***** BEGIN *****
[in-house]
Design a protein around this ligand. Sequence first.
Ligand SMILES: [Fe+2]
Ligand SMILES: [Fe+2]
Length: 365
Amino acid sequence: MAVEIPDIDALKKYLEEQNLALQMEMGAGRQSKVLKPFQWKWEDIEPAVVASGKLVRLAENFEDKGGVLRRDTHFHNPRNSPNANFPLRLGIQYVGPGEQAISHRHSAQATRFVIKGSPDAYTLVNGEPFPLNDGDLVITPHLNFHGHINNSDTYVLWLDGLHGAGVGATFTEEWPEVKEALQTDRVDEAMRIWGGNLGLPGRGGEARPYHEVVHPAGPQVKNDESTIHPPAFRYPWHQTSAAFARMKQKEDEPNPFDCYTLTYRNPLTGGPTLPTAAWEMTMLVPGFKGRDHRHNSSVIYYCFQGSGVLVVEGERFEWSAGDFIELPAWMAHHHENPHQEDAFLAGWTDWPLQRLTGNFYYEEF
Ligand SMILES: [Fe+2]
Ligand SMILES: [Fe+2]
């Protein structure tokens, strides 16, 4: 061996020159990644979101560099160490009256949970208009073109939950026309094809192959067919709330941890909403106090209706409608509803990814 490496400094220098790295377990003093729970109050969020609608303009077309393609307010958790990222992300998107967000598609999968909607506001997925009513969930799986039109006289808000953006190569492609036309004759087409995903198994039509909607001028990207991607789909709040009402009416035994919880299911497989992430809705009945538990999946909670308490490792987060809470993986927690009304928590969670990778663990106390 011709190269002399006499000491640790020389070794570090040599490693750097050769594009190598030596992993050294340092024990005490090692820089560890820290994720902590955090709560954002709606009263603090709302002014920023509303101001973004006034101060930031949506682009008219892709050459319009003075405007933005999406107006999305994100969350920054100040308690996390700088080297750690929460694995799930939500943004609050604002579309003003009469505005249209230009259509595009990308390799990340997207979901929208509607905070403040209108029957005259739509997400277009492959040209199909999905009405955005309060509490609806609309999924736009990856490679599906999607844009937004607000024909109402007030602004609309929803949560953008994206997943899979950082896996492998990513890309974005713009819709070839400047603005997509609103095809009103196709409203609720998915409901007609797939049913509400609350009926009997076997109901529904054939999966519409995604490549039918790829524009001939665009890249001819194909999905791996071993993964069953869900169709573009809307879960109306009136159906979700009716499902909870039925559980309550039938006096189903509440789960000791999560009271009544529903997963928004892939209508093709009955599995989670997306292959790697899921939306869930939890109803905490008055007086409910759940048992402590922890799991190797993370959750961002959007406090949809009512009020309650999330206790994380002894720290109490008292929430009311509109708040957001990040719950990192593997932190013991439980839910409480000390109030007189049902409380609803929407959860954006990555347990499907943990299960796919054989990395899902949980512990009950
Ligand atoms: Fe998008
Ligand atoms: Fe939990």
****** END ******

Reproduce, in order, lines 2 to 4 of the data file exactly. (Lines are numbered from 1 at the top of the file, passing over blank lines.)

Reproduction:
Design a protein around this ligand. Sequence first.
Ligand SMILES: [Fe+2]
Ligand SMILES: [Fe+2]